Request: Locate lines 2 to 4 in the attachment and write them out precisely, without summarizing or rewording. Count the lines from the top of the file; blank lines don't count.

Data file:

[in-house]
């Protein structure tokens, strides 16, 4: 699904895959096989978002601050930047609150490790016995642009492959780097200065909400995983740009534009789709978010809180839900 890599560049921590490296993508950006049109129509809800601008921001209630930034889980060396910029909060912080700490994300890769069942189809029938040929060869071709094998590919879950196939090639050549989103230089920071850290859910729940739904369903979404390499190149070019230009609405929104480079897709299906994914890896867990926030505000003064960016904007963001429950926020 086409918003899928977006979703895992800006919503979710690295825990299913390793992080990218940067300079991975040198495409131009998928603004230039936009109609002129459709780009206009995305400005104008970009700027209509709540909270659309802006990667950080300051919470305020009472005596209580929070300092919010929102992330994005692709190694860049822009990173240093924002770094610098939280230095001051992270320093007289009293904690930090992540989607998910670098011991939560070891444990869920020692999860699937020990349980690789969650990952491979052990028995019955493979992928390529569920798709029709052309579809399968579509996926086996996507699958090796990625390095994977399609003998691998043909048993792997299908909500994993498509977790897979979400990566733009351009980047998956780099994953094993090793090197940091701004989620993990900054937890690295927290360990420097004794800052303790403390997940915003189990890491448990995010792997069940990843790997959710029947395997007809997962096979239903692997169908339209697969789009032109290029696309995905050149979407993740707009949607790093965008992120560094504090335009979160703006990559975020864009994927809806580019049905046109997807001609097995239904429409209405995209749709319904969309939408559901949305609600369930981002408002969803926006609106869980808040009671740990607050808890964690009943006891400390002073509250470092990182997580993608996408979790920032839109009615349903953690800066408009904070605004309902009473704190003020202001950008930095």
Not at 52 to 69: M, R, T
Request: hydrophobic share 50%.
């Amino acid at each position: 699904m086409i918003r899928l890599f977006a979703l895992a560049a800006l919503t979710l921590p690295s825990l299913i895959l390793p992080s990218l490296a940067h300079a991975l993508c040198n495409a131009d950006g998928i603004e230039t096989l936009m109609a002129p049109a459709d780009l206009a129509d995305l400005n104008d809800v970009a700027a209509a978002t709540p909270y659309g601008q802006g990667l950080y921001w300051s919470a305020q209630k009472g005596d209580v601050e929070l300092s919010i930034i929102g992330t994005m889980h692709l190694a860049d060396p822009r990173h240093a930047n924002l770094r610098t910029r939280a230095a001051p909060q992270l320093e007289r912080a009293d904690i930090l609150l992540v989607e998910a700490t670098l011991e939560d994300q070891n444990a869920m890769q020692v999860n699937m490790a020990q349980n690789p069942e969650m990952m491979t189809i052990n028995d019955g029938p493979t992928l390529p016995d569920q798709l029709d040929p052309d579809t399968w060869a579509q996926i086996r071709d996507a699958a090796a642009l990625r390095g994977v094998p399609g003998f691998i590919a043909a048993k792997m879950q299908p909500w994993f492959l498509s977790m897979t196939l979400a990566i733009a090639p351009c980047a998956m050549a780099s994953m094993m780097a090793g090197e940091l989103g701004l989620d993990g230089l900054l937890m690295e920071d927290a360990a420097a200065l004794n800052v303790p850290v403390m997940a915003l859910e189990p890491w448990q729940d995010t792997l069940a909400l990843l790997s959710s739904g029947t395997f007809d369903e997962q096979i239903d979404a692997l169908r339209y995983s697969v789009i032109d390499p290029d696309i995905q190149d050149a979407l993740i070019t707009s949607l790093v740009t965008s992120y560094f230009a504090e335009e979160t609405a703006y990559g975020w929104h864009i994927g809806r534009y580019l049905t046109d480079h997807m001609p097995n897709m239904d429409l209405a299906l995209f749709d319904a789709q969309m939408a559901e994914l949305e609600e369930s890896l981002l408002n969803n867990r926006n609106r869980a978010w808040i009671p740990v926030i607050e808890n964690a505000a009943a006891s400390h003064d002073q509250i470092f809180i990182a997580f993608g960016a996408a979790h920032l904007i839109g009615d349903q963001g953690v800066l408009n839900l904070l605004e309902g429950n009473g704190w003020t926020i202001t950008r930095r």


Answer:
């Protein structure tokens, strides 16, 4: 699904895959096989978002601050930047609150490790016995642009492959780097200065909400995983740009534009789709978010809180839900 890599560049921590490296993508950006049109129509809800601008921001209630930034889980060396910029909060912080700490994300890769069942189809029938040929060869071709094998590919879950196939090639050549989103230089920071850290859910729940739904369903979404390499190149070019230009609405929104480079897709299906994914890896867990926030505000003064960016904007963001429950926020 086409918003899928977006979703895992800006919503979710690295825990299913390793992080990218940067300079991975040198495409131009998928603004230039936009109609002129459709780009206009995305400005104008970009700027209509709540909270659309802006990667950080300051919470305020009472005596209580929070300092919010929102992330994005692709190694860049822009990173240093924002770094610098939280230095001051992270320093007289009293904690930090992540989607998910670098011991939560070891444990869920020692999860699937020990349980690789969650990952491979052990028995019955493979992928390529569920798709029709052309579809399968579509996926086996996507699958090796990625390095994977399609003998691998043909048993792997299908909500994993498509977790897979979400990566733009351009980047998956780099994953094993090793090197940091701004989620993990900054937890690295927290360990420097004794800052303790403390997940915003189990890491448990995010792997069940990843790997959710029947395997007809997962096979239903692997169908339209697969789009032109290029696309995905050149979407993740707009949607790093965008992120560094504090335009979160703006990559975020864009994927809806580019049905046109997807001609097995239904429409209405995209749709319904969309939408559901949305609600369930981002408002969803926006609106869980808040009671740990607050808890964690009943006891400390002073509250470092990182997580993608996408979790920032839109009615349903953690800066408009904070605004309902009473704190003020202001950008930095």
Not at 52 to 69: M, R, T
Request: hydrophobic share 50%.